There are a number of ways that cheating can occur, both before and during an exam. Leakage of test questions and copying of test answers are the two major ways. The security features of computer-based testing (CBT) can deter these types of cheating. Leakage of test questions means candidates gain access to the questions prior to taking the test. On social media, one can find examples of test content being shared with others. Perhaps the reasons for sharing test content are altruistic, but nevertheless this type of activity interferes with the purpose and intent of the examination process. In pencil-and-paper testing, exam papers go missing at times—the greatest threat to exam integrity. In CBT, there are no hard copies of the papers being sent to test centres, so this threat is eliminated. Test content is transmitted through electronic means and it is held in an encrypted state until test questions are administered to test-takers and then re-encrypted after administration.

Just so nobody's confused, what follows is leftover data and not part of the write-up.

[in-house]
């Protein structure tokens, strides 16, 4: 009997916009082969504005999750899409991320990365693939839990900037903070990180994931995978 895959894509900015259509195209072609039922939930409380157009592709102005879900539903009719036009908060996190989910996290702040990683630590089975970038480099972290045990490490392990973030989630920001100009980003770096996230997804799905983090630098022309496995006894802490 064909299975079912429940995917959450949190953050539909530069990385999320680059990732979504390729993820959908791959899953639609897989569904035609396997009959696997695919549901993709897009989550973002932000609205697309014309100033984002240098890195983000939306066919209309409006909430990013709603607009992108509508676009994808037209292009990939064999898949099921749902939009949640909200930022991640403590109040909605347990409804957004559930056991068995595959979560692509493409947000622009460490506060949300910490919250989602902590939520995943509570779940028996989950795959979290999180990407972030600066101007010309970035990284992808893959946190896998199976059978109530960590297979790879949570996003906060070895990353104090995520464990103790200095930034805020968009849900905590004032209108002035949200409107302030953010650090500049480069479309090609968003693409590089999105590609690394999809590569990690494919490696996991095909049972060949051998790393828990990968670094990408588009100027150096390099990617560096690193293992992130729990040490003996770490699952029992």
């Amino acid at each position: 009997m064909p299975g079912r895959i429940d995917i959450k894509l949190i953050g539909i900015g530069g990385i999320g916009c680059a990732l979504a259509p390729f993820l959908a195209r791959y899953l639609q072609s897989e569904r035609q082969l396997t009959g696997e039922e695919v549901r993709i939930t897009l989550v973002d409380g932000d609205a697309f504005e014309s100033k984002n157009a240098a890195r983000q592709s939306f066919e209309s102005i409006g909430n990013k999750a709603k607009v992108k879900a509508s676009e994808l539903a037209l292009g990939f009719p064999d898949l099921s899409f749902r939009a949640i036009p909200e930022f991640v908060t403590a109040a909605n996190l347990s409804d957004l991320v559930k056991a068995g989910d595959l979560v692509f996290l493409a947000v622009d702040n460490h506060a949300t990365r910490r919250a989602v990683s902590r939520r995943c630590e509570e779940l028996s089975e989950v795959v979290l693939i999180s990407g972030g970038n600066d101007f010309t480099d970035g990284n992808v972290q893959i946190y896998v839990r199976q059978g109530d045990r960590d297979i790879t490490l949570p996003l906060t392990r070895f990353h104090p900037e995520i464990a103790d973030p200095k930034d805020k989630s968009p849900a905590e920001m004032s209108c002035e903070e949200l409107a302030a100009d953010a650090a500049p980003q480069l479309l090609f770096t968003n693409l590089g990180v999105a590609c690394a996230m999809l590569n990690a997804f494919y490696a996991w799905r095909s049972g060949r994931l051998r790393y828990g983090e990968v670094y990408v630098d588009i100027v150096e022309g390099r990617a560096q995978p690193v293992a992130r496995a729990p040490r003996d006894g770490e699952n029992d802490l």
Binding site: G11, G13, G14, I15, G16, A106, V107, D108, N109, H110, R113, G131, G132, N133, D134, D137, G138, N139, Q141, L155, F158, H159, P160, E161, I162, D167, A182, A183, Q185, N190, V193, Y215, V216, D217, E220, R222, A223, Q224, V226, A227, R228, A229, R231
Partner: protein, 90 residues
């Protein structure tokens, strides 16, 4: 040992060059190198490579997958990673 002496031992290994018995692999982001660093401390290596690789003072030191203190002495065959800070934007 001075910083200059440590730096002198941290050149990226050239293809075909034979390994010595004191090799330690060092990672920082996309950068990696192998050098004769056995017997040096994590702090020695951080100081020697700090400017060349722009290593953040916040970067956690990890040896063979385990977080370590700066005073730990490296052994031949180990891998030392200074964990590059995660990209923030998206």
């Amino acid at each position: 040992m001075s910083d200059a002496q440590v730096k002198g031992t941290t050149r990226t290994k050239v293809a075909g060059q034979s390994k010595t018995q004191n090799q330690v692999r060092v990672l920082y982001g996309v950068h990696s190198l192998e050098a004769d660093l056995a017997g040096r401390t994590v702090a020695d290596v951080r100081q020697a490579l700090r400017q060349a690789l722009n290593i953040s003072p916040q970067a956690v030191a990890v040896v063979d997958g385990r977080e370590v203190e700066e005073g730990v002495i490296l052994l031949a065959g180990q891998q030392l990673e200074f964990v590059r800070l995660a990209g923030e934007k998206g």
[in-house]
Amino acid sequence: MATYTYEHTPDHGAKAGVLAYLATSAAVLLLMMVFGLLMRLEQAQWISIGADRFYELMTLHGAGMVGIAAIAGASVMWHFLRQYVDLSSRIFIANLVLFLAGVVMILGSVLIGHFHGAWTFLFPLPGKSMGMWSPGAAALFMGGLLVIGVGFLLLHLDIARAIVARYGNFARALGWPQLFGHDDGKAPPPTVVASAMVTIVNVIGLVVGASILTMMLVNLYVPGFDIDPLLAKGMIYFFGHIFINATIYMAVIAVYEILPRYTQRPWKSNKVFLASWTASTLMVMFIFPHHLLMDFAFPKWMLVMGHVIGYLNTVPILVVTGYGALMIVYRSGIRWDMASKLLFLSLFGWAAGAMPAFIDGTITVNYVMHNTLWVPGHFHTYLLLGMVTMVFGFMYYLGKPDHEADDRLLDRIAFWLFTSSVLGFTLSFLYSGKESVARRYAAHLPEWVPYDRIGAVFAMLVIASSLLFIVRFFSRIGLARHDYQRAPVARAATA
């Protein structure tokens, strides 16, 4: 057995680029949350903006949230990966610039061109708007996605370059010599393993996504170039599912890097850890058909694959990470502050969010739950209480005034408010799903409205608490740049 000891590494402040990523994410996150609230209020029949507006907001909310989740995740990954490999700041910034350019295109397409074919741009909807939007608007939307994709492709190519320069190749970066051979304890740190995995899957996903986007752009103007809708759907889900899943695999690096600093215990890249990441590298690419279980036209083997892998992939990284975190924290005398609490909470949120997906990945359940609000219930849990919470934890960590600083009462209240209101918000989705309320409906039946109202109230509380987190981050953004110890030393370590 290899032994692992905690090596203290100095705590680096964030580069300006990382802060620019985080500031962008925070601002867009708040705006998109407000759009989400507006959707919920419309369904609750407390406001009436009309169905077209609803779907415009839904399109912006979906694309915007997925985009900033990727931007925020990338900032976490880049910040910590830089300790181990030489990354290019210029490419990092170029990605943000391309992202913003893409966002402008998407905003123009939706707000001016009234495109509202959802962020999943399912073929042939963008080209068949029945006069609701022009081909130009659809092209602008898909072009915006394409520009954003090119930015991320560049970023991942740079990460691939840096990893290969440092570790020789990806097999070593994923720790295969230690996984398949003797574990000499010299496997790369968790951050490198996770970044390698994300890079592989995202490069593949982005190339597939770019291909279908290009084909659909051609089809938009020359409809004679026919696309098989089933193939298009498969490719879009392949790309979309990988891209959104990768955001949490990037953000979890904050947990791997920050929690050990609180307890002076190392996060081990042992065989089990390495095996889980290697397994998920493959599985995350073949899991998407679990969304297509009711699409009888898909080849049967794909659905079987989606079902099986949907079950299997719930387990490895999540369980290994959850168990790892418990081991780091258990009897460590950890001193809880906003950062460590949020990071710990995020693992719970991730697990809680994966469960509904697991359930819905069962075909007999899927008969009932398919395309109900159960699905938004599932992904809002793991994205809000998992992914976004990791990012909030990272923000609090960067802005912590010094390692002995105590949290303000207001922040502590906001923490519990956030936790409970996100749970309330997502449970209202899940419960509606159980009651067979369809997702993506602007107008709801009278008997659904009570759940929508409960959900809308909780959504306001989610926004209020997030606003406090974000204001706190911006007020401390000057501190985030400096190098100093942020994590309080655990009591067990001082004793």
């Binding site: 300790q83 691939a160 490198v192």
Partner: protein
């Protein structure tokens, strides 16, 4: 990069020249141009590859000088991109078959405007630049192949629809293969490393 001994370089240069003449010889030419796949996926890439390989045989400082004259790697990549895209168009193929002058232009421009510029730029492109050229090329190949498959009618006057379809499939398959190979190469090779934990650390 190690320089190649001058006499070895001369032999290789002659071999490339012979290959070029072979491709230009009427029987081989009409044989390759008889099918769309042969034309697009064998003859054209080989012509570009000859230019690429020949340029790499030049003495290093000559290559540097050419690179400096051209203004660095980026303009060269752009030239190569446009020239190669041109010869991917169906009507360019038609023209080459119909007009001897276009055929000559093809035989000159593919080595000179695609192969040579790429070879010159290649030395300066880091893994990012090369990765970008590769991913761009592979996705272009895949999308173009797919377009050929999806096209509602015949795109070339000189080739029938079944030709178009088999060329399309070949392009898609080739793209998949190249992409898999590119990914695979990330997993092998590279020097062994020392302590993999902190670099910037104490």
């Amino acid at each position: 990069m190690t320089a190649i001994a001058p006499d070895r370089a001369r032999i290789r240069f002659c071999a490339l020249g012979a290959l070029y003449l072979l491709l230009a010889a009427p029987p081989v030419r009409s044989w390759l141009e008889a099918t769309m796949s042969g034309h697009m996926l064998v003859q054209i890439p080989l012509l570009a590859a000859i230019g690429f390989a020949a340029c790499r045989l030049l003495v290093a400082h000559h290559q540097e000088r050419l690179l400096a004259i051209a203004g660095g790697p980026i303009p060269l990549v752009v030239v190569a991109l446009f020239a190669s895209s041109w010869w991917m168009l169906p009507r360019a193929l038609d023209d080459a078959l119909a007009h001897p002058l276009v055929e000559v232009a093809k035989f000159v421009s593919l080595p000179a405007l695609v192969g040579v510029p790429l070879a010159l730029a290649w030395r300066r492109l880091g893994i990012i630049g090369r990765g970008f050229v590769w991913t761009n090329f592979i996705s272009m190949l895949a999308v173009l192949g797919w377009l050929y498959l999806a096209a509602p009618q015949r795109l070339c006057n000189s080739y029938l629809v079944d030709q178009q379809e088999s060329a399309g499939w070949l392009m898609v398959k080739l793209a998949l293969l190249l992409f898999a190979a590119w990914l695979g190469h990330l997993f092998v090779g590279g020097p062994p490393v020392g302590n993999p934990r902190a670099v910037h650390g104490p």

One of the greatest advantages of CBT is it can provide greater access and flexibility because an exam does not have to be administered on a single day. All test-takers not taking the exam at the same time can, of course, present additional challenges in preventing the leakage of test questions. But there are features in CBT that can combat this risk. CBT allows for different ways of administering test questions so not all test-takers see the same set of questions. Different versions of exam papers are constructed so that they are equivalent to each other in terms of the content they assess and how difficult they are. Administering different, but equivalent, versions of exam papers means that any one test-taker sees and can divulge a small proportion of the test items being administered. Because different test questions are being administered to different test-takers, any individual will not know which questions will be administered to him or her. Therefore, there is minimal benefit to having exposure to test questions prior to the examination.